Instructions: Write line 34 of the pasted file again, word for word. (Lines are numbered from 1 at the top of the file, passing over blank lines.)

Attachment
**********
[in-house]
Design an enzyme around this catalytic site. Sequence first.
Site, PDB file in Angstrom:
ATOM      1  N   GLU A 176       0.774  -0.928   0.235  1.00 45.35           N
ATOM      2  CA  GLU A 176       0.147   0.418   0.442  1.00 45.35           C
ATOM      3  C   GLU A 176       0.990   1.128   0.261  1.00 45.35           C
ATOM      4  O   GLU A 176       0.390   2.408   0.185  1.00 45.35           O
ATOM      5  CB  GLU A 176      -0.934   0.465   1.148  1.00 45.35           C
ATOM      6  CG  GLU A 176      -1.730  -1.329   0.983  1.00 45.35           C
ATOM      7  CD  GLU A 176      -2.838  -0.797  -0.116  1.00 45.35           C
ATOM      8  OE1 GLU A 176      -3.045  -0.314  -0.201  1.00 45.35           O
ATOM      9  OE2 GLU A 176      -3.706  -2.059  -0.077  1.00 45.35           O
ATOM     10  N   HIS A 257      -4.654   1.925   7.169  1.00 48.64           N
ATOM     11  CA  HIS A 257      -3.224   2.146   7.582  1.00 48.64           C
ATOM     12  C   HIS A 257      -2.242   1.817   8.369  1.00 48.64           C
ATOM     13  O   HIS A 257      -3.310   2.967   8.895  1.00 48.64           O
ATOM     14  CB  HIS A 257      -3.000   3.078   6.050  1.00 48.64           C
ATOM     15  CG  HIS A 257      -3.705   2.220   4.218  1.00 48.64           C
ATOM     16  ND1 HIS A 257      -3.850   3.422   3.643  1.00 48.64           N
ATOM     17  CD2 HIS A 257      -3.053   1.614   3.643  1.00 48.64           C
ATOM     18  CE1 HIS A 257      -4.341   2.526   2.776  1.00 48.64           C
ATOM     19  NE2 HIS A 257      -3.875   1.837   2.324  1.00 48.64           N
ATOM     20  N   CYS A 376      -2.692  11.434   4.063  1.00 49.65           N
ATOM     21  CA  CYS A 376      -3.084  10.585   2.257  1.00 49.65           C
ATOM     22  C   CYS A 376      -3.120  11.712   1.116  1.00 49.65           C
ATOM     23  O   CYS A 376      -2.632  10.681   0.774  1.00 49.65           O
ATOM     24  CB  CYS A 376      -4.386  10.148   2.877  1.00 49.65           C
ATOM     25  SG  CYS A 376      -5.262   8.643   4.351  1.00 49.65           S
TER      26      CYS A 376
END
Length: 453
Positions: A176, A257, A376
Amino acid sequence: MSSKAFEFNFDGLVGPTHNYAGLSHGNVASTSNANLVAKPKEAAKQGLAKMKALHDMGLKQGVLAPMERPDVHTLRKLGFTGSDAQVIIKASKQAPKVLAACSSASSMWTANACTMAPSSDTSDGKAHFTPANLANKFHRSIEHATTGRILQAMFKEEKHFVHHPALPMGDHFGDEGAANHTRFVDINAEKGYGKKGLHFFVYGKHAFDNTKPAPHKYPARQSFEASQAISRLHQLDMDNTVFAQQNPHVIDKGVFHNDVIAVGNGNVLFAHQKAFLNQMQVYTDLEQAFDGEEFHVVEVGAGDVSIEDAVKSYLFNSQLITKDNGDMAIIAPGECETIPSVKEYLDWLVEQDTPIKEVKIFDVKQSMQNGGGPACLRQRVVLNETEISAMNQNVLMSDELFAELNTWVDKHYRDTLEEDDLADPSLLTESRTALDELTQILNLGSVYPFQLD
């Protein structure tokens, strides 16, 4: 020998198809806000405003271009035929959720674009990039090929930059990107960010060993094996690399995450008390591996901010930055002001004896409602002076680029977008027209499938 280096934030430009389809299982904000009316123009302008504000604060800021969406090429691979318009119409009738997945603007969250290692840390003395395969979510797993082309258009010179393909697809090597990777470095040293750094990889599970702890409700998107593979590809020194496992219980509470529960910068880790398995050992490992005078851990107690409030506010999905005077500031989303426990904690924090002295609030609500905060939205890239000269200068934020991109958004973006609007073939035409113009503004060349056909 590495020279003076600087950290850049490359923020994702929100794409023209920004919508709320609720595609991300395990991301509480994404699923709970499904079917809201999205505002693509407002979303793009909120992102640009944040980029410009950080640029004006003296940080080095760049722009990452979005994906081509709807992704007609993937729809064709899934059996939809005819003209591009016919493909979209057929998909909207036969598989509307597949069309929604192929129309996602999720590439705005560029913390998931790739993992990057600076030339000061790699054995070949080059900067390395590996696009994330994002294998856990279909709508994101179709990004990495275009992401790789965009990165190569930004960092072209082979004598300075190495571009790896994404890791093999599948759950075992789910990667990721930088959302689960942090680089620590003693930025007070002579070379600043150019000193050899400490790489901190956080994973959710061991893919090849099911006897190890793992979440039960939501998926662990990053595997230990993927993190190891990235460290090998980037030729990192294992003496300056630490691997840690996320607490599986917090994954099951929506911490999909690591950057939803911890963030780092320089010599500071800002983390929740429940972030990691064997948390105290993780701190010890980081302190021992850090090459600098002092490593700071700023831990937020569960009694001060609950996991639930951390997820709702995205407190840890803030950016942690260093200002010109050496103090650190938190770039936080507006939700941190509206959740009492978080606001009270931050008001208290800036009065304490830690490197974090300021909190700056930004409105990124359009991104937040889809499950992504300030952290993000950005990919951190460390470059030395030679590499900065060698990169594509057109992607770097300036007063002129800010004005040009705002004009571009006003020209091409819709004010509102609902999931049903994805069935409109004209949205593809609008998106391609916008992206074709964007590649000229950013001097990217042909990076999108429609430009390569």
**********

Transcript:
């Protein structure tokens, strides 16, 4: 020998198809806000405003271009035929959720674009990039090929930059990107960010060993094996690399995450008390591996901010930055002001004896409602002076680029977008027209499938 280096934030430009389809299982904000009316123009302008504000604060800021969406090429691979318009119409009738997945603007969250290692840390003395395969979510797993082309258009010179393909697809090597990777470095040293750094990889599970702890409700998107593979590809020194496992219980509470529960910068880790398995050992490992005078851990107690409030506010999905005077500031989303426990904690924090002295609030609500905060939205890239000269200068934020991109958004973006609007073939035409113009503004060349056909 590495020279003076600087950290850049490359923020994702929100794409023209920004919508709320609720595609991300395990991301509480994404699923709970499904079917809201999205505002693509407002979303793009909120992102640009944040980029410009950080640029004006003296940080080095760049722009990452979005994906081509709807992704007609993937729809064709899934059996939809005819003209591009016919493909979209057929998909909207036969598989509307597949069309929604192929129309996602999720590439705005560029913390998931790739993992990057600076030339000061790699054995070949080059900067390395590996696009994330994002294998856990279909709508994101179709990004990495275009992401790789965009990165190569930004960092072209082979004598300075190495571009790896994404890791093999599948759950075992789910990667990721930088959302689960942090680089620590003693930025007070002579070379600043150019000193050899400490790489901190956080994973959710061991893919090849099911006897190890793992979440039960939501998926662990990053595997230990993927993190190891990235460290090998980037030729990192294992003496300056630490691997840690996320607490599986917090994954099951929506911490999909690591950057939803911890963030780092320089010599500071800002983390929740429940972030990691064997948390105290993780701190010890980081302190021992850090090459600098002092490593700071700023831990937020569960009694001060609950996991639930951390997820709702995205407190840890803030950016942690260093200002010109050496103090650190938190770039936080507006939700941190509206959740009492978080606001009270931050008001208290800036009065304490830690490197974090300021909190700056930004409105990124359009991104937040889809499950992504300030952290993000950005990919951190460390470059030395030679590499900065060698990169594509057109992607770097300036007063002129800010004005040009705002004009571009006003020209091409819709004010509102609902999931049903994805069935409109004209949205593809609008998106391609916008992206074709964007590649000229950013001097990217042909990076999108429609430009390569």